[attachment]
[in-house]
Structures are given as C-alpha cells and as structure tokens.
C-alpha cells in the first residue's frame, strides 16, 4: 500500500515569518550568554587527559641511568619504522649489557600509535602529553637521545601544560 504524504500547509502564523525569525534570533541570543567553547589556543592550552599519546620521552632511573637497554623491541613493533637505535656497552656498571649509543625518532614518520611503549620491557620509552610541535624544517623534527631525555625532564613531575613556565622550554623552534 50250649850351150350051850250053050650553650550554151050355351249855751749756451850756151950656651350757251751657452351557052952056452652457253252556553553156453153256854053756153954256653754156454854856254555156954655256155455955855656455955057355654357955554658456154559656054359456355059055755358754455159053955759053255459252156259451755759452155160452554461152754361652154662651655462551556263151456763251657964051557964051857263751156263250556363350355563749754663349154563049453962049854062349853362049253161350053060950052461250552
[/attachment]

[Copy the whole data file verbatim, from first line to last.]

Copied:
[in-house]
Structures are given as C-alpha cells and as structure tokens.
C-alpha cells in the first residue's frame, strides 16, 4: 500500500515569518550568554587527559641511568619504522649489557600509535602529553637521545601544560 504524504500547509502564523525569525534570533541570543567553547589556543592550552599519546620521552632511573637497554623491541613493533637505535656497552656498571649509543625518532614518520611503549620491557620509552610541535624544517623534527631525555625532564613531575613556565622550554623552534 50250649850351150350051850250053050650553650550554151050355351249855751749756451850756151950656651350757251751657452351557052952056452652457253252556553553156453153256854053756153954256653754156454854856254555156954655256155455955855656455955057355654357955554658456154559656054359456355059055755358754455159053955759053255459252156259451755759452155160452554461152754361652154662651655462551556263151456763251657964051557964051857263751156263250556363350355563749754663349154563049453962049854062349853362049253161350053060950052461250552